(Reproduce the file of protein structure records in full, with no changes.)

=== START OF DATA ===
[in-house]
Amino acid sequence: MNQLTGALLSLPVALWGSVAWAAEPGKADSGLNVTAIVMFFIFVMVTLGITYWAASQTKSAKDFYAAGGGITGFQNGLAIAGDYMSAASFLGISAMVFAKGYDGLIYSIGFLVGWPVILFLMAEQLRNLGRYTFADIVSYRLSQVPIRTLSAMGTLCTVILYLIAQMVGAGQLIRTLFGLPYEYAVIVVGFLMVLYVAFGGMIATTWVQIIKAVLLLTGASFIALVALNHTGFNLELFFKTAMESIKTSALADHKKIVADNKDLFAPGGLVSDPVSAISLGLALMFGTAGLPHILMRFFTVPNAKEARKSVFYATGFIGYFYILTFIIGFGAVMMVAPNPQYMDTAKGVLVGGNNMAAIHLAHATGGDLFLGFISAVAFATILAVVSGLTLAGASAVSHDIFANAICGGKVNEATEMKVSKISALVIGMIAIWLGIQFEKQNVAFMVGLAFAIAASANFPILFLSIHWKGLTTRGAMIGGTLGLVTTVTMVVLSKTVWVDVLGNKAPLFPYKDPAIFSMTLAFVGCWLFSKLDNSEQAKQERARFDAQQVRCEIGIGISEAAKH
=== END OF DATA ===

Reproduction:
[in-house]
Amino acid sequence: MNQLTGALLSLPVALWGSVAWAAEPGKADSGLNVTAIVMFFIFVMVTLGITYWAASQTKSAKDFYAAGGGITGFQNGLAIAGDYMSAASFLGISAMVFAKGYDGLIYSIGFLVGWPVILFLMAEQLRNLGRYTFADIVSYRLSQVPIRTLSAMGTLCTVILYLIAQMVGAGQLIRTLFGLPYEYAVIVVGFLMVLYVAFGGMIATTWVQIIKAVLLLTGASFIALVALNHTGFNLELFFKTAMESIKTSALADHKKIVADNKDLFAPGGLVSDPVSAISLGLALMFGTAGLPHILMRFFTVPNAKEARKSVFYATGFIGYFYILTFIIGFGAVMMVAPNPQYMDTAKGVLVGGNNMAAIHLAHATGGDLFLGFISAVAFATILAVVSGLTLAGASAVSHDIFANAICGGKVNEATEMKVSKISALVIGMIAIWLGIQFEKQNVAFMVGLAFAIAASANFPILFLSIHWKGLTTRGAMIGGTLGLVTTVTMVVLSKTVWVDVLGNKAPLFPYKDPAIFSMTLAFVGCWLFSKLDNSEQAKQERARFDAQQVRCEIGIGISEAAKH